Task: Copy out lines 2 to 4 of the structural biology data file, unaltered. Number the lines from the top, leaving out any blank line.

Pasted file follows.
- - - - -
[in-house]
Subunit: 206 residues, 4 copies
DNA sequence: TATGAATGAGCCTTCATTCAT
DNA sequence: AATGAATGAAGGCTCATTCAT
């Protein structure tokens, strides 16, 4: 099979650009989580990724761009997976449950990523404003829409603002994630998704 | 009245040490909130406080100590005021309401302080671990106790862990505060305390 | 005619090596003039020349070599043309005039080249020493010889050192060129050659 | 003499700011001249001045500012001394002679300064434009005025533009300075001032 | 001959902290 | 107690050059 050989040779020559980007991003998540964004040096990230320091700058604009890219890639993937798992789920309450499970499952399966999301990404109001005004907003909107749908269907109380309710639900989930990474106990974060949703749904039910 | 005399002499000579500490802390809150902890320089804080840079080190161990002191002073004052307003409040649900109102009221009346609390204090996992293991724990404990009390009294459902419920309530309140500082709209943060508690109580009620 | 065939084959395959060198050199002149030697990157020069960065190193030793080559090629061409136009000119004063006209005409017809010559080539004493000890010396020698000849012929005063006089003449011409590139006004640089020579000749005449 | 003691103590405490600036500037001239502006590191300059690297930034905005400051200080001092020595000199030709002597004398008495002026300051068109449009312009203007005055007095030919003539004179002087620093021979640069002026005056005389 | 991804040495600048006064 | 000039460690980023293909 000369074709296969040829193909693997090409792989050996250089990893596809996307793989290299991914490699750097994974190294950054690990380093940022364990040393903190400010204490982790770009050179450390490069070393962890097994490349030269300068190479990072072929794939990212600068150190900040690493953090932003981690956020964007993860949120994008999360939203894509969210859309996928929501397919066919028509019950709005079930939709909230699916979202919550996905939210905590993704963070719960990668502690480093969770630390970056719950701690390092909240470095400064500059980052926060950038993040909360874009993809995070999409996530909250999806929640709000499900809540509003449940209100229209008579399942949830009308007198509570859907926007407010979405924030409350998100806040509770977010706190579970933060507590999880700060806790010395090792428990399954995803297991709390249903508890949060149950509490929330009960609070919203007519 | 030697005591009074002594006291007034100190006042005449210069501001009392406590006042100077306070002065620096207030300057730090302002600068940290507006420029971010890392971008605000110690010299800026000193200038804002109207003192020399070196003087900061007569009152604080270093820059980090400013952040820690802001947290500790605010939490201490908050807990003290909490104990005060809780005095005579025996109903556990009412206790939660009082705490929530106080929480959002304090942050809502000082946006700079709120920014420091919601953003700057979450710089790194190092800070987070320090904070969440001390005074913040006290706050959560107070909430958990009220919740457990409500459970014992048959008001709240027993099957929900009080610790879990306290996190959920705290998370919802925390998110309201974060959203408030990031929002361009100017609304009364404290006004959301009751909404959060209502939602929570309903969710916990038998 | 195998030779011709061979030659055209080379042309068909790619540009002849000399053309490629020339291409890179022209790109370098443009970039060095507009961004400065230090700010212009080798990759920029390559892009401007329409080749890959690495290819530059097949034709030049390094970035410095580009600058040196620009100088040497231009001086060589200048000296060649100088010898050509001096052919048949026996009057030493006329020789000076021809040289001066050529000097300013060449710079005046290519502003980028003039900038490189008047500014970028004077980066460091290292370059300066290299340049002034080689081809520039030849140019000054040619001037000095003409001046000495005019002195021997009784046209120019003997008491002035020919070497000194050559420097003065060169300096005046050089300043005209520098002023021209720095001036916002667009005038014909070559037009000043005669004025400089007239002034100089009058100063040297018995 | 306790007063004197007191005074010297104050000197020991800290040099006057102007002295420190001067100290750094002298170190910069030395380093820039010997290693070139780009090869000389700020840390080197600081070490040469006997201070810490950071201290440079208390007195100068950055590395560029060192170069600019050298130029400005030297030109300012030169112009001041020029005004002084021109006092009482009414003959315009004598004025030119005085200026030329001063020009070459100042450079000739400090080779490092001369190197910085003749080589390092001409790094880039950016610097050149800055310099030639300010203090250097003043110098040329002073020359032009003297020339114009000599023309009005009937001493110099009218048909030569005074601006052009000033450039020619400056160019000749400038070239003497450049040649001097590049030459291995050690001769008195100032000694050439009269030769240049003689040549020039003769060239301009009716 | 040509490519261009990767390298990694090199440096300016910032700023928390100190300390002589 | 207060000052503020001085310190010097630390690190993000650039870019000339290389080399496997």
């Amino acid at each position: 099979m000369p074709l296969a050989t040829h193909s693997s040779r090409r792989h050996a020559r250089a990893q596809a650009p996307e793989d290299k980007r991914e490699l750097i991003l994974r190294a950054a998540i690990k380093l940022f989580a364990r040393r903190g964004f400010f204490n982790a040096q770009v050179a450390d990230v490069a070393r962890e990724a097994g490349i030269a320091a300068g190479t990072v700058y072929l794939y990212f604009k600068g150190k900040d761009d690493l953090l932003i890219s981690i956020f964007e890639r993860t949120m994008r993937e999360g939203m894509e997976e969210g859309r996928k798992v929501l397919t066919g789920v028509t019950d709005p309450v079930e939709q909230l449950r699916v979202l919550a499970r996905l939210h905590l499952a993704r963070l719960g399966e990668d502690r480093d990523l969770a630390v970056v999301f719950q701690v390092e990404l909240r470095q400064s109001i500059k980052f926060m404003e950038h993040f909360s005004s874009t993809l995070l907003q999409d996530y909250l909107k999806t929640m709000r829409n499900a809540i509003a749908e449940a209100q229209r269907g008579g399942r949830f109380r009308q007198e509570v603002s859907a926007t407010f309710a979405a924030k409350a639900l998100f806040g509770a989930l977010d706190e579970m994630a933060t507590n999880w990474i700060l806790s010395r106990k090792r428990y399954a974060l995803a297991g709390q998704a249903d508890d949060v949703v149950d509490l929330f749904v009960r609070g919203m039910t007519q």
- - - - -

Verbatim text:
Subunit: 206 residues, 4 copies
DNA sequence: TATGAATGAGCCTTCATTCAT
DNA sequence: AATGAATGAAGGCTCATTCAT